This series that I have entitled “Who Built the Railroads?” focuses on the laborers who built the transcontinental railroad in the United States and the Trans-Siberian Railway in Russia. Part 1 was an introduction to the immigrant workers who comprised the majority of the labor force. Part 2 addressed the forces that gave rise to the need for a Trans-Siberian Railway. Part 3 picked up discussing the laborers who build Russia’s transcontinental railway. Part 4 looked into the laborers who built the Union Pacific’s section of the Transcontinental Railroad, extending from Omaha, Nebraska to Promontory Point, Utah. Part 5 noted who comprised the work force that built the Central Pacific railroad that began in California and drove eastward. And Part 6 is the series wrap-up.
A Wrap-Up of the Transcontinental Railways Series
A great number of similarities exist between the labor forces used to build Russia’s Siberian and America’s Transcontinental Railways. The administrators of both found it necessary, against their wishes, to use a large number of foreign laborers, specifically Asians. Neither the United States nor Russia was able to establish large or consistent sources of domestic workers. Foreign workers received wages inferior to their domestic counterparts. In Russia, however, this might have been somewhat justifiable as the Asian workers were less productive than the Russian workers. To some degree, Asian workers on both continents experienced discrimination, if not outright persecution.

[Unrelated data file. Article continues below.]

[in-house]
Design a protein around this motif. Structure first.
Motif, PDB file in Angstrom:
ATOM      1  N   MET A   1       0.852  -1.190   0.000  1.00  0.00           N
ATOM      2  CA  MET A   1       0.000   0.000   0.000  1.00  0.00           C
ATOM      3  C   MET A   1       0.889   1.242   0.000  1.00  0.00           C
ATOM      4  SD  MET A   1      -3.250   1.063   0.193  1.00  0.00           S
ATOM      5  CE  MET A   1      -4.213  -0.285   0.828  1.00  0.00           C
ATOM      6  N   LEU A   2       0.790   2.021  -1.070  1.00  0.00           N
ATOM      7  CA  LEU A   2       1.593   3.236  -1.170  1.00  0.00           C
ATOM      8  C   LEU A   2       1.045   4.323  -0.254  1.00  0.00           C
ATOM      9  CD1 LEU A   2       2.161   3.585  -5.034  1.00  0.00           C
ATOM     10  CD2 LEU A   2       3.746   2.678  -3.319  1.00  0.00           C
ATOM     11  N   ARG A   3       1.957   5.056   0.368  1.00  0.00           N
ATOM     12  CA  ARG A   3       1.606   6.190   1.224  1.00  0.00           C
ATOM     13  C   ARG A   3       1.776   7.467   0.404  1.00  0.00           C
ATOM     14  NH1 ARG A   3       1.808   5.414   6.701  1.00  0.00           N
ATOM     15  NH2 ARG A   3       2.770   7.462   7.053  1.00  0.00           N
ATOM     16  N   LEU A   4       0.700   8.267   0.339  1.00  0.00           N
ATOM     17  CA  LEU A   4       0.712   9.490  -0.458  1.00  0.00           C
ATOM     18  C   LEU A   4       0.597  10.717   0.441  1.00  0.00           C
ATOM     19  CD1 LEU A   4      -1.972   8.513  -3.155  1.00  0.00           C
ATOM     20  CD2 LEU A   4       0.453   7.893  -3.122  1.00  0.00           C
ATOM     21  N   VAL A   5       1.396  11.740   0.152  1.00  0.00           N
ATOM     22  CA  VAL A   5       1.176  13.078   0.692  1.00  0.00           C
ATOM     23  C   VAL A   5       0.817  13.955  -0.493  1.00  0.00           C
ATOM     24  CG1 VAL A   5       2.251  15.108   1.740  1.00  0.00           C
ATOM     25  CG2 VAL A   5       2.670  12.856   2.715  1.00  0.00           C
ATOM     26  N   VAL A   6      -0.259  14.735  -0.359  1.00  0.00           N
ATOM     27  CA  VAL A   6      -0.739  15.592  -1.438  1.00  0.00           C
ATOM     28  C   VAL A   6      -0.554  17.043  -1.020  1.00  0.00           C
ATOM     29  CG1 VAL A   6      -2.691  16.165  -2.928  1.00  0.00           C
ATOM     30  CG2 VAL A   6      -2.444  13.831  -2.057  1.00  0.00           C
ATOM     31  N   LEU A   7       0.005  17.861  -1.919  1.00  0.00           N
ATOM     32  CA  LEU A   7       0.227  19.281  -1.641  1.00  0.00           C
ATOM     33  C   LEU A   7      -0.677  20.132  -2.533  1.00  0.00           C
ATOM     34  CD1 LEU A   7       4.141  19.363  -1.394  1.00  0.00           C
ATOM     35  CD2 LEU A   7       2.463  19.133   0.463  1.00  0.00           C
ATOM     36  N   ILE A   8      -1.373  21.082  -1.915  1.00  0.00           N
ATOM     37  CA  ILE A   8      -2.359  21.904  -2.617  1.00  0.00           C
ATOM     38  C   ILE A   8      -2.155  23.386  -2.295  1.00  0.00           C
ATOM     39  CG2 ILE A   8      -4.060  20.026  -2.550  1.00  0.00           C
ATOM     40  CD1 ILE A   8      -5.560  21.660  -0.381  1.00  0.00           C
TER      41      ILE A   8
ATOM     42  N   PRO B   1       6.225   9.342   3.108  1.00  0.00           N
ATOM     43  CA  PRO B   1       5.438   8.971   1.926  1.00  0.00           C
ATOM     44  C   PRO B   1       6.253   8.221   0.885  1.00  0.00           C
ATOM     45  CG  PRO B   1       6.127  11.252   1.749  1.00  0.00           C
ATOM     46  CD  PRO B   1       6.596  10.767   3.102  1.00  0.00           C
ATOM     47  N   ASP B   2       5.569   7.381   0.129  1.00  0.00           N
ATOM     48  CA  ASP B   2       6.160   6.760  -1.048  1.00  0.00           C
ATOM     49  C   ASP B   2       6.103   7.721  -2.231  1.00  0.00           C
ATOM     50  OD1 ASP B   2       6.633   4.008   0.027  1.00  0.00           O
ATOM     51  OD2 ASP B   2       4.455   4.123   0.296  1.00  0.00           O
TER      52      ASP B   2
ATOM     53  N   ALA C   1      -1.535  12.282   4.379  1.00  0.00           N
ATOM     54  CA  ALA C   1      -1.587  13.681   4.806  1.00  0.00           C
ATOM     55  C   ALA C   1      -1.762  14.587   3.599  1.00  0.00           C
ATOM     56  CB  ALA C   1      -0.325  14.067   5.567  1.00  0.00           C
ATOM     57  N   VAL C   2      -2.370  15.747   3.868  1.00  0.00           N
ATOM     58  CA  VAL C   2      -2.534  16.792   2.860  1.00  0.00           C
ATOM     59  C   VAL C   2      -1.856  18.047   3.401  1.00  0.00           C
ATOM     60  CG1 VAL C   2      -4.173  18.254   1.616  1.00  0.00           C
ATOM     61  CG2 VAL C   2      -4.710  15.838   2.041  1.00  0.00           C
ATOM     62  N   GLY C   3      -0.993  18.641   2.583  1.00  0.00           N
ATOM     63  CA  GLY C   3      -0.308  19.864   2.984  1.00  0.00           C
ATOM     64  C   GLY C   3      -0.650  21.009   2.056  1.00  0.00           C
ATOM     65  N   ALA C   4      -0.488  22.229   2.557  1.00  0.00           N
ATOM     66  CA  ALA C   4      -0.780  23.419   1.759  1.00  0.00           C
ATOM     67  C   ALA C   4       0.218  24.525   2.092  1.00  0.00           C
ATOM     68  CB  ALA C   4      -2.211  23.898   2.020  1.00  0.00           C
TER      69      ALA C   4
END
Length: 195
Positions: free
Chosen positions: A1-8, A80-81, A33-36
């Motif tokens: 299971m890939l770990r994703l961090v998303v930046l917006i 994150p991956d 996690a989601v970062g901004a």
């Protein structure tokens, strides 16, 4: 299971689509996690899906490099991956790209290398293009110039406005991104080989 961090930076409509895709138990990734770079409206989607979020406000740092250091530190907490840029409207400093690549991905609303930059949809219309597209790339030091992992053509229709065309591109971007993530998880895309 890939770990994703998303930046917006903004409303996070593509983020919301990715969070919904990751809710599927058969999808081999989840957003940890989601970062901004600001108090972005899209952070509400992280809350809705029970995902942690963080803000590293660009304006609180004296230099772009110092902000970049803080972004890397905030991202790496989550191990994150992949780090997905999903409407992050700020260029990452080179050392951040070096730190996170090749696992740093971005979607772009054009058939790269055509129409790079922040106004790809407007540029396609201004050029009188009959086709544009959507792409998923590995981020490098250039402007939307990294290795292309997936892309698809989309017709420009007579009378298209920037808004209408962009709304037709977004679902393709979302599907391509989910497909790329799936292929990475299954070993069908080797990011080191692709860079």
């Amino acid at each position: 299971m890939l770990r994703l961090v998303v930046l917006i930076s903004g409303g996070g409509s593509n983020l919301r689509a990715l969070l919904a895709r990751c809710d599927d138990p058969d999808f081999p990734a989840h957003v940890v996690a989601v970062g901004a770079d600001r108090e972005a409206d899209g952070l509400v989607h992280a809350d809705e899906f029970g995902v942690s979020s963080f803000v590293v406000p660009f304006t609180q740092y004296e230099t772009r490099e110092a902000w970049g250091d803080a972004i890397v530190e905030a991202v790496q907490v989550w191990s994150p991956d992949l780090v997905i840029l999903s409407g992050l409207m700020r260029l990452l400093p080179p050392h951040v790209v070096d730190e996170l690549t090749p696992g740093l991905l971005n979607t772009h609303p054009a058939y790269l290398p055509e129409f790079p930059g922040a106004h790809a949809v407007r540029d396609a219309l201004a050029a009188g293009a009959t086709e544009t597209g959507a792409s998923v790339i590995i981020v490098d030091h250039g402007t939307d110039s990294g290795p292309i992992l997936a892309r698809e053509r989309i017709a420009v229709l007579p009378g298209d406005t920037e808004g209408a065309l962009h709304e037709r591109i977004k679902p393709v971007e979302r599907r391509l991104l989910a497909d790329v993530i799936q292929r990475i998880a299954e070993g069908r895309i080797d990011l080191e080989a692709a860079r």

Although both transcontinental railroads faced topographical obstacles, those faced by the Central Pacific were significantly more difficult than any presented by the Russian landscape. The Trans-Siberian railway also differed from the Transcontinental in that the Trans-Siberian was a product of the government rather than private enterprise, which allowed Russian problem-solving to be streamlined rather than having to go through multiple channels. Another difference was in the motives of those responsible for the railroads. Russia’s railway was established primarily for military reasons, while the Transcontinental was built in the interests of commerce and transportation.
With the decline of the railway industry, which culminated in the 1950s due to the advent of other forms of mass transit, the completion of the Trans-Siberian Railway was the last great accomplishment for the railroad industry. Only Australia has laid a significant amount of track since that time, but it is yet to complete its transcontinental railway though the rail system has been in the works for more than ninety years.
Part 6: A Wrap-Up of the Transcontinental Railways
This article first appeared in the Vulcan Historical Review (2010) under the title: “Transcontinental: A Comparison of Labor Sources Used in the Construction of the First Transcontinental Railroads in the United States and Russia”.